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Opening Windows to the Divine

Eastern Europe’s women religious rediscover the power of the icon.

by Marlene Weisenbeck, F.S.P.A.

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A sacred art form dating to the sixth century is helping today’s Eastern European women religious revive their Christian faith.

Last August, women of the Byzantine and Roman Catholic traditions participated in “A Renaissance of Iconography for East European Institutes of Consecrated Life,” a program held at St. Athanasius Byzantine Catholic Seminary in Nyiregháza, Hungary. Although primarily organized for members of religious congregations, ten laypersons participated and seven countries were represented: Hungary, Italy, Poland, Romania, Slovakia, Ukraine and the United States.

The iconography project was born out of a 1995 meeting at a session of the Leadership Conference of Women Religious in the United States. The conference is known for its support of Eastern European congregations of women religious.

Thanks to the United States Catholic Conference and numerous other agencies and institutions, including CNEWA, the iconography project took place under the directorship of Sister Barbara Jean Milhalchick, O.S.B.M., Vicar General for the Sisters of St. Basil the Great, Sister Lucianne Siers, O.P., of the United States Catholic Conferences Office to Aid the Church in Central and Eastern Europe and Sister Marlene Weisenbeck, F.S.P.A., Chancellor and Director of the Office of Consecrated Life for the Diocese of La Crosse, Wisconsin.

In the last three decades, interest in Eastern Christian icons – devotional panels in the Byzantine tradition depicting Jesus Christ, the Virgin Mary or the saints – has surged, particularly in the West.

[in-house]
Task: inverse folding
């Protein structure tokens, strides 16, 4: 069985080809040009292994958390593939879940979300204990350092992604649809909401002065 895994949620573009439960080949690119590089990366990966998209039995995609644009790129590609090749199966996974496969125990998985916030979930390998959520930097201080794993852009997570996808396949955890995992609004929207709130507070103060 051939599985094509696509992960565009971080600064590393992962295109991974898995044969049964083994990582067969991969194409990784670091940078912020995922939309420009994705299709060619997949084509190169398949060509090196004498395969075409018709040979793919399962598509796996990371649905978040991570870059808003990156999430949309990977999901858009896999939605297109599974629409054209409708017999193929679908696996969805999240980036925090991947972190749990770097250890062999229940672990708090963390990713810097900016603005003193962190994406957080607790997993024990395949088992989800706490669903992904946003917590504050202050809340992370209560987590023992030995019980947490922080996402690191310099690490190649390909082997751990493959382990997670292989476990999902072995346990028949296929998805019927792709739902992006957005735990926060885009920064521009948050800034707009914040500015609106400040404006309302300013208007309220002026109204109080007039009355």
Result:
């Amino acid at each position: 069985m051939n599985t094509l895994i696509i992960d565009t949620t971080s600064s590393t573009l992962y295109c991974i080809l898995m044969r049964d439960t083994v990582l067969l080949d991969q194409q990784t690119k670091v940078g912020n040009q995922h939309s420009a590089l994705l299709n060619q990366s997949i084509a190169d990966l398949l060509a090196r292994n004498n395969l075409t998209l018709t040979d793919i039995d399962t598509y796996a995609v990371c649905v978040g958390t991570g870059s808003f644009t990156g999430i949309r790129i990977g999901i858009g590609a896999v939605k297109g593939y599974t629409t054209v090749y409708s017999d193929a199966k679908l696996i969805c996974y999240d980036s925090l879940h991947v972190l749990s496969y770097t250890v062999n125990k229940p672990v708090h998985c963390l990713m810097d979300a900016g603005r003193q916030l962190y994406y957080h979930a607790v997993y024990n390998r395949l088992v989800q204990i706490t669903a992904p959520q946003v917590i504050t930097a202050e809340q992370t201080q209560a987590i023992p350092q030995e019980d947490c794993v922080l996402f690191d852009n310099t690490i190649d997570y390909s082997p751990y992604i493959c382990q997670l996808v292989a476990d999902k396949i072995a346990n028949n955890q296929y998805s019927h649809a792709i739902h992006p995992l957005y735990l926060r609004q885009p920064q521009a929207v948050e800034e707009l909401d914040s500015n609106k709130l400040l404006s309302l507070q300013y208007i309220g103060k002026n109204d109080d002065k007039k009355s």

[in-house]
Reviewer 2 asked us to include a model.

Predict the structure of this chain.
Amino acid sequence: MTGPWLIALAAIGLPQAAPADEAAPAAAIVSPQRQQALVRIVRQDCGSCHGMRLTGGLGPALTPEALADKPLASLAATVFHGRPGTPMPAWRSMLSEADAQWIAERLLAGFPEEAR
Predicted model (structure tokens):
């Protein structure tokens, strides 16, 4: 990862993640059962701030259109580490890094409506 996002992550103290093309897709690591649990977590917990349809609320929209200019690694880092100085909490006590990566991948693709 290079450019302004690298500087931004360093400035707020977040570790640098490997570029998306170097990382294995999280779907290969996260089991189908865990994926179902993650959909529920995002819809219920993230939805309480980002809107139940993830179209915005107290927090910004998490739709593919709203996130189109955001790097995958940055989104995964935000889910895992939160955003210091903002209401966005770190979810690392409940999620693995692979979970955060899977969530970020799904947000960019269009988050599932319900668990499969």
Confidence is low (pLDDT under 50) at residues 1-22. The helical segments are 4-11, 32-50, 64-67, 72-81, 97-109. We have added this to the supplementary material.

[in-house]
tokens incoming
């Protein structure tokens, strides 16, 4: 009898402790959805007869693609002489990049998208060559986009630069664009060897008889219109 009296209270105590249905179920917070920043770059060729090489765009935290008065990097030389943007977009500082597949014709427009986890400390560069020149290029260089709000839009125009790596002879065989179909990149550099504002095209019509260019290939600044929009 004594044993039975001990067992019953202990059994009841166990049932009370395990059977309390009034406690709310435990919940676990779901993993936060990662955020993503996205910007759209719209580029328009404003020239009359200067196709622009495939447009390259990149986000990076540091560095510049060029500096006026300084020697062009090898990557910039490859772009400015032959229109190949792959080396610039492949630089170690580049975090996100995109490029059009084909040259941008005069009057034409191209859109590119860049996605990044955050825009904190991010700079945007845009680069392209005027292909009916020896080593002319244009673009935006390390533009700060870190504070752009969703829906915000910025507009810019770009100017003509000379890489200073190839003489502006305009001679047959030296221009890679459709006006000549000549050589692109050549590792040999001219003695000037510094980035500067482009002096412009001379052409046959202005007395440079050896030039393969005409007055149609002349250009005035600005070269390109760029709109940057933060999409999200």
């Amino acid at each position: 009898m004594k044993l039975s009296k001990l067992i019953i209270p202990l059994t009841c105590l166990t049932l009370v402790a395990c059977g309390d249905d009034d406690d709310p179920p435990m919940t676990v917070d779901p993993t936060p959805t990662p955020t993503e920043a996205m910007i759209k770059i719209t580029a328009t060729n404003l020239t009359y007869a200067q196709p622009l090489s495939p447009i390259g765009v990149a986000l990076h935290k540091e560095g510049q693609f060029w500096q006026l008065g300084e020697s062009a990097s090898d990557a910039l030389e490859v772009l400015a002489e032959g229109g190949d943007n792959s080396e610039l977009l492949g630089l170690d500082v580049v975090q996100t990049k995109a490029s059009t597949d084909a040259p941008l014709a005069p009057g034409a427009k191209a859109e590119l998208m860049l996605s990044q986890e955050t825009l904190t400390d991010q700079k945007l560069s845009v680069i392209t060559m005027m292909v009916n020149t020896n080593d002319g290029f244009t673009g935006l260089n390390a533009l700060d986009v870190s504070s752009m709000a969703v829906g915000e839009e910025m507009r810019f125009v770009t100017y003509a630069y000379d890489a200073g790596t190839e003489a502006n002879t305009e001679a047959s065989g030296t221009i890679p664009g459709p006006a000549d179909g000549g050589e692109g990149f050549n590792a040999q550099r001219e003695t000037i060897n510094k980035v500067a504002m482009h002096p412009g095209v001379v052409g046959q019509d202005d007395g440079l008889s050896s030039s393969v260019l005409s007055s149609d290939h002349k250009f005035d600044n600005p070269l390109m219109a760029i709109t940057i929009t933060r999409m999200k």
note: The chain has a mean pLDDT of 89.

In the Eastern Christian tradition, the icon (Greek for “image” or “portrait”) is the visible image of the divine. The iconographer, who creates these objects, is instrumental in realizing this spiritual process, which is akin to spiritual writing – hence, the Eastern Christians devotion to the icon.

Icons occupy a central position in the devotional life of Byzantine Christians, both Catholic and Orthodox. During half a century of state-sponsored religious oppression behind the Iron Curtain, these powerful symbols of the ancien régime were confiscated, many destroyed. Reconstructing icons and their spirituality is one of many factors in reviving religious life in Eastern Europe.

The creation of an icon is painstaking work. Unlike most painting techniques, the “writing” of an icon begins with a base coat of the darkest colors in the design. All development of values, or shades of color, is built up from dark to light.

There is a theological reason for this technique: as God created light from darkness, so too the iconographer reveals the subjects spiritual light from darkness. After all areas of the design are covered in a base color, the garments in the image are painted, first in medium and then in lighter shades.

Next the hands and faces are painted, also building from dark to light. Facial features are painted, and the icon is completed as haloes and the images details are gilded with 23-karat gold leaf. A non-corroding mineral, gold leaf represents the eternal light of God. Lastly, an inscription identifying the subject is added. This is a vital step in the process. The icon should not be signed; the iconographer is viewed as only an instrument of the Holy Spirit. The artist is guided by the Spirit, and a window to heaven is revealed.

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Tags: Eastern Europe Icons Women Religious in Europe